By Joseph Santoliquito 

PHILADELPHIA (CBS) — Lane Johnson wore a somewhat pained expression on his face as he addressed the media on Friday at the NovaCare Complex. In front of Johnson, teammates were filing into the building, preparing for training camp.

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Johnson will be reduced to watching them next month practice and play, since he won’t be able to rejoin the Eagles until Monday, September 29, when his four-game suspension is over for violating the NFL’s policy on performance-enhancing substances, which the league announced Wednesday.

Johnson said he took a prescription drug in April—after the season. He said he knew the suspension was coming. He said the substance was prescription medication that he got through a family physician, and he admitted he made a mistake by not going through the Eagles’ trainers to see what was on the NFL’s list of banned substances.

Johnson said he spoke to Eagles’ coach Chip Kelly about the situation Friday morning before the team was scheduled to arrive at the NovaCare Complex.

“This sucks, the toughest part about it is that I let the team down, let the fans down and that I’m not going to be around here to battle,” said Johnson, the fourth overall pick in the 2013 draft who had a good rookie season at right tackle for the Eagles. “I was expecting to come out here and get a pretty good start. I can’t do it now. It’s all my fault. I can’t blame anybody but myself. It’s all on me.”

Asked if it was an area the Eagles lacked oversight in what players take, Johnson quickly shot that down, saying “It’s not that. We have a list of like 100, or 200 banned substances that you can’t take and they’re all over the building. It’s just something I think athletes get carried away with sometimes a little bit. Some [supplements] aren’t FDA regulated, so it’s real easy to do, maybe take something that you’re not aware of. That’s not an excuse. They tell us all of the time to talk to our trainers and it’s something that I didn’t do.”

Johnson stressed that he wouldn’t address what medical issue ailed him. He did say, however, that Kelly advised him that the Eagles have all the resources at the NovaCare Complex to help him. Johnson, obviously, wasn’t thinking that far ahead.

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“I’ll know in the future to do something about it,” said Johnson, who had heard from the NFL in mid-May that he had failed a drug test. “Right away I called [general manager] Howie [Roseman] to see if they needed to make any moves. I appealed and it’s why it took so long [for the NFL to make it official on July 23]. As a professional, you’re supposed to be aware of what you put into your body and take precautions. It’s something that I didn’t do and I’m paying the price.”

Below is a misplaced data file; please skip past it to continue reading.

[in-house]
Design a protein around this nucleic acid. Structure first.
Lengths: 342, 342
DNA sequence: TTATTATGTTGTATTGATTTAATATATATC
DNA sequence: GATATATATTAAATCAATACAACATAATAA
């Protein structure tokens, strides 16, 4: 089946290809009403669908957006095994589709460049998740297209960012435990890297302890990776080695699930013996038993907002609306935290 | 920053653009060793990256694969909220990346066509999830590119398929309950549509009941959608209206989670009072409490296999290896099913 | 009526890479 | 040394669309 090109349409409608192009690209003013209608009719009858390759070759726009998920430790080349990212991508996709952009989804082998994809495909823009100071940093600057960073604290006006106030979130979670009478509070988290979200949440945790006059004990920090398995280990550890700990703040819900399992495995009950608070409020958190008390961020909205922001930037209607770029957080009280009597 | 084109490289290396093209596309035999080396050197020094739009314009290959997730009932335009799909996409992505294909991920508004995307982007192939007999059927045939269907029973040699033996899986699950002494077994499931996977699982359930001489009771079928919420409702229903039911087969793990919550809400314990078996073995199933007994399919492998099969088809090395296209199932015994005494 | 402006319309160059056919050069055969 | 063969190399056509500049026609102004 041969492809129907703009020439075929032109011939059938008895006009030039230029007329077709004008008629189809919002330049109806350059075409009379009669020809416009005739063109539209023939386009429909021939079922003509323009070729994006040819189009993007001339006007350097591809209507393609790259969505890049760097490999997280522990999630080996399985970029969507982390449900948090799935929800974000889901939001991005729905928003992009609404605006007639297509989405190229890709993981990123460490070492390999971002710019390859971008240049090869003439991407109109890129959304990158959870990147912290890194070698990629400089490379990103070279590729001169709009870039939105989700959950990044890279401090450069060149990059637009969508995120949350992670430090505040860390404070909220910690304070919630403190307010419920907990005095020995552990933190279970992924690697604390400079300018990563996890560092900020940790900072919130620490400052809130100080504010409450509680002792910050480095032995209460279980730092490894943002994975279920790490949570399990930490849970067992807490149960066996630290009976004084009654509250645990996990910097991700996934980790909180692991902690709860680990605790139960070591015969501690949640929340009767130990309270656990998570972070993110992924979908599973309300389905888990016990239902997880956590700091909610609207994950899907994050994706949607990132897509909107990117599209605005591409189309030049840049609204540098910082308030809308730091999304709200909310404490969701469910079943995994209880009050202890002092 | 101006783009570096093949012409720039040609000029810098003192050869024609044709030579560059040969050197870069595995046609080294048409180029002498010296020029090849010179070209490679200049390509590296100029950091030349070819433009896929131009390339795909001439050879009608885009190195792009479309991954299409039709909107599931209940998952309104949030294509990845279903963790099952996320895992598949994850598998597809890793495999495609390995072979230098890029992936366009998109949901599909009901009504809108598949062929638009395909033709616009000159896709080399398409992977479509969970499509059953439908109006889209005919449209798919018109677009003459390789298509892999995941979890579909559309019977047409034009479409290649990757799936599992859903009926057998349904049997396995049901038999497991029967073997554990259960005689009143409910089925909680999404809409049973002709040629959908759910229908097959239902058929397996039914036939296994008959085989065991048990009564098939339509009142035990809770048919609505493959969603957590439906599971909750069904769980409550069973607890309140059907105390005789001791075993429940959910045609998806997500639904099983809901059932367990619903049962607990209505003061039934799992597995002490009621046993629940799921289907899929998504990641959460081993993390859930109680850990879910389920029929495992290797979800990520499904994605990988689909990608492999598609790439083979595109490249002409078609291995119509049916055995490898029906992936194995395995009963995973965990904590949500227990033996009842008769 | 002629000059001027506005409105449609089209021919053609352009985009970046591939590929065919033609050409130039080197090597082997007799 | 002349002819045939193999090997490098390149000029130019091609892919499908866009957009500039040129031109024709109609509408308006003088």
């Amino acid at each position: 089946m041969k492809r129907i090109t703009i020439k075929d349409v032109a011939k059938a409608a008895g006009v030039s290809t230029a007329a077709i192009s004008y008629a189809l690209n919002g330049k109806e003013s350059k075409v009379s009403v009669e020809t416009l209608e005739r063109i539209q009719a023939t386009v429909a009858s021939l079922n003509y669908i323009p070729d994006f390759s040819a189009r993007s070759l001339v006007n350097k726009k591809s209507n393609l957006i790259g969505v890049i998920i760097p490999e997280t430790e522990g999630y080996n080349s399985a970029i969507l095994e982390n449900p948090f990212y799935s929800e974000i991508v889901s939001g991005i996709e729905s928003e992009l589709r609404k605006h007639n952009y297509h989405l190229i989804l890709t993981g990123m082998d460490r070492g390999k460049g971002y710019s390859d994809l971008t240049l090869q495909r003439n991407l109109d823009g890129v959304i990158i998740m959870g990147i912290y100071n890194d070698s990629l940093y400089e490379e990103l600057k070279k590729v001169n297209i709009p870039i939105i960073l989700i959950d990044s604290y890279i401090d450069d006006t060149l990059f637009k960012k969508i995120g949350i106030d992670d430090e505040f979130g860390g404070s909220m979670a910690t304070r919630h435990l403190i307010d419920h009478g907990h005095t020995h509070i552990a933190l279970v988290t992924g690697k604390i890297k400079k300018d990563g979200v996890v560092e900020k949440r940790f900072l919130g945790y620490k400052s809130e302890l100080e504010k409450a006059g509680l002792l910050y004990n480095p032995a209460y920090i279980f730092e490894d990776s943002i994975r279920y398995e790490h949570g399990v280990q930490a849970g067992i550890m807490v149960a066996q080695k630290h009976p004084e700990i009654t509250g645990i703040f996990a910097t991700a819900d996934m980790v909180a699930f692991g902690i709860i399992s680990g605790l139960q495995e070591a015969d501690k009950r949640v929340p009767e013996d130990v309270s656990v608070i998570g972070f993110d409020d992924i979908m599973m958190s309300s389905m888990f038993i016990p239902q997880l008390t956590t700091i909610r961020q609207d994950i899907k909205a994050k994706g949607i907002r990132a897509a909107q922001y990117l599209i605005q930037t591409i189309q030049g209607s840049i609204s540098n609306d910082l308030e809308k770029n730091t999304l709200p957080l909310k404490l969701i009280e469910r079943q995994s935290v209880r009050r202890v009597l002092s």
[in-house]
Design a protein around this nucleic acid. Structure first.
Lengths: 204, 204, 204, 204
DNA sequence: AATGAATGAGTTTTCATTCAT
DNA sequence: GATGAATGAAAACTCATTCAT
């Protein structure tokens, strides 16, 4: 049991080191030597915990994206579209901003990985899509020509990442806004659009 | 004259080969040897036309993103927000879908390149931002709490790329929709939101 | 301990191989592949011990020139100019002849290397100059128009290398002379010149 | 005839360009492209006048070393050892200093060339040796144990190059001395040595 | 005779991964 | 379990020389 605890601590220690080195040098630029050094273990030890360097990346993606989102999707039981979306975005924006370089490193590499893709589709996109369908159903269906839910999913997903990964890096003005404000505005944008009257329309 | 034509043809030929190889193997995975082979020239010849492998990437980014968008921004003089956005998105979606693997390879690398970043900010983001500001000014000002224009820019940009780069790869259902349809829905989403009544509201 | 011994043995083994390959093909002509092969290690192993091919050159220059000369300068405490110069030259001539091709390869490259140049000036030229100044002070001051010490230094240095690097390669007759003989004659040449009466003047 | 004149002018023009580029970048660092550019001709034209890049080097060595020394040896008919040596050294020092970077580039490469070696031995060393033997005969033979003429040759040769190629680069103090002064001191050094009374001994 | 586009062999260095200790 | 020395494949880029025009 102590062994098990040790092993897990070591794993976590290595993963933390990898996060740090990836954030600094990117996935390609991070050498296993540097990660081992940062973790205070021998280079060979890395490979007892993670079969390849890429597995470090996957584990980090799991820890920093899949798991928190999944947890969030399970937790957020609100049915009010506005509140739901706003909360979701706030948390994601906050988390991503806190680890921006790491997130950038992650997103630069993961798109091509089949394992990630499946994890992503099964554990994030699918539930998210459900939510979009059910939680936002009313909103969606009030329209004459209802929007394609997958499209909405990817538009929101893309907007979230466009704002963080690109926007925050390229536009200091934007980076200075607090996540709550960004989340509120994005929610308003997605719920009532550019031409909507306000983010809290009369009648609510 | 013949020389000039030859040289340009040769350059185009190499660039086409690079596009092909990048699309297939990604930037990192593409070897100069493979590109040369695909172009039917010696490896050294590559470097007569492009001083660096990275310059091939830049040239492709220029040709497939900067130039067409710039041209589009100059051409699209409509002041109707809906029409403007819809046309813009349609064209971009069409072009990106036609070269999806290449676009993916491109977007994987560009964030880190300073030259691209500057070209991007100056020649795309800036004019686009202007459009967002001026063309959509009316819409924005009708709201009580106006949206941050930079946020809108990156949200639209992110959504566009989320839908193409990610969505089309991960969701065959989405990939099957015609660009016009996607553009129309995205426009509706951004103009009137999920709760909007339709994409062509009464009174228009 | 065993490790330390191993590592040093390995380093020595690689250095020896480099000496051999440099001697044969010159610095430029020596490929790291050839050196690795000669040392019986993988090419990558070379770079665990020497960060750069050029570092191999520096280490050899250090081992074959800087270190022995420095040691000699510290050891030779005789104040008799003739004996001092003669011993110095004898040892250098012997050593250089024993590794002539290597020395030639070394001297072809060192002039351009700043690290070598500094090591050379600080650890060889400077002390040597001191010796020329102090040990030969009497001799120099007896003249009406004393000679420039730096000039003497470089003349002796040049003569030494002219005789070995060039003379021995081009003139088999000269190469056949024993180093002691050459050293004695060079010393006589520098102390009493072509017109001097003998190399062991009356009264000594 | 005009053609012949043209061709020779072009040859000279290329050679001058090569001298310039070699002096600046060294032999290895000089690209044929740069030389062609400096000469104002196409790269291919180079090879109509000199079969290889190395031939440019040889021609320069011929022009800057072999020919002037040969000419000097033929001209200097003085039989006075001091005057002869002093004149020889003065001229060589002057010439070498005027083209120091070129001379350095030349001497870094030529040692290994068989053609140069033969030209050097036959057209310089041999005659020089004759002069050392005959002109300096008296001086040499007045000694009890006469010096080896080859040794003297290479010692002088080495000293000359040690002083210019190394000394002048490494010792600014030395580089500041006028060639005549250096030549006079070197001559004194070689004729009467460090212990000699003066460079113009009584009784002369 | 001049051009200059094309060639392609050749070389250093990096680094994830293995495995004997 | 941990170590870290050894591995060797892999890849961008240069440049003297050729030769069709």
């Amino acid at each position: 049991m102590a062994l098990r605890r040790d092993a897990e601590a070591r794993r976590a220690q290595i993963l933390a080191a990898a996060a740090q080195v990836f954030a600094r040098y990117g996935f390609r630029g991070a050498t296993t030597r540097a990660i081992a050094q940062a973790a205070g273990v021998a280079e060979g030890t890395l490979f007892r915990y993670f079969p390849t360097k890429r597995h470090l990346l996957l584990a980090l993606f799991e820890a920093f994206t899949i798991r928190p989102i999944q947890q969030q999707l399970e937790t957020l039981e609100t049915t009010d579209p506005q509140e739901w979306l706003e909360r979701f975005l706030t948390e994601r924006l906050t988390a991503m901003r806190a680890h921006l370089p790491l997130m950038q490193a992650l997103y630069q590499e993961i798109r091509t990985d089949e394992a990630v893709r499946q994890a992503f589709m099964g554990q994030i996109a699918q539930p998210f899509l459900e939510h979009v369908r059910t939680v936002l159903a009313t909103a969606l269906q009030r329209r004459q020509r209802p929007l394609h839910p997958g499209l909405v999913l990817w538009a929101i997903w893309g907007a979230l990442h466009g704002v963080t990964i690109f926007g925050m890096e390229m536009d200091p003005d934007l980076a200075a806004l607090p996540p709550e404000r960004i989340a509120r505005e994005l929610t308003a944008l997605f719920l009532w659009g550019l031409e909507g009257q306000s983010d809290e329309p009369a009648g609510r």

What he’s going to do in the meantime is anyone’s guess.

“I’m going to try and stay in football shape,” Johnson said. “At least try and do some one-on-ones with somebody, or something like that. That’s going to be the toughest part—not being around here playing, because it’s hard to come to play when you’re not able to practice.”

Johnson said he would know more about his situation when training camp practices begin on Saturday.

After the pre-season, Thursday, August 29, he’s not allowed into the building. He’s hoping to engage in meetings through Skype, but it’s something he needs to check and see if he’s allowed to do through the NFL.

Johnson hinted that it wasn’t a performance-enhancing substance that he took. “It’s my mistake, I brought it all unto myself and it’s something that I have deal with,” Johnson said. “I let my teammates down, I let Chip down, and Howie and everybody in the Eagles’ organization. That’s the toughest part to deal with. I felt I had a good mini-camp and OTAs, and I thought I could progress from where I left off last year, because I felt last year, I started to get very confident. The biggest test is coming Week Five to see how I will do.”


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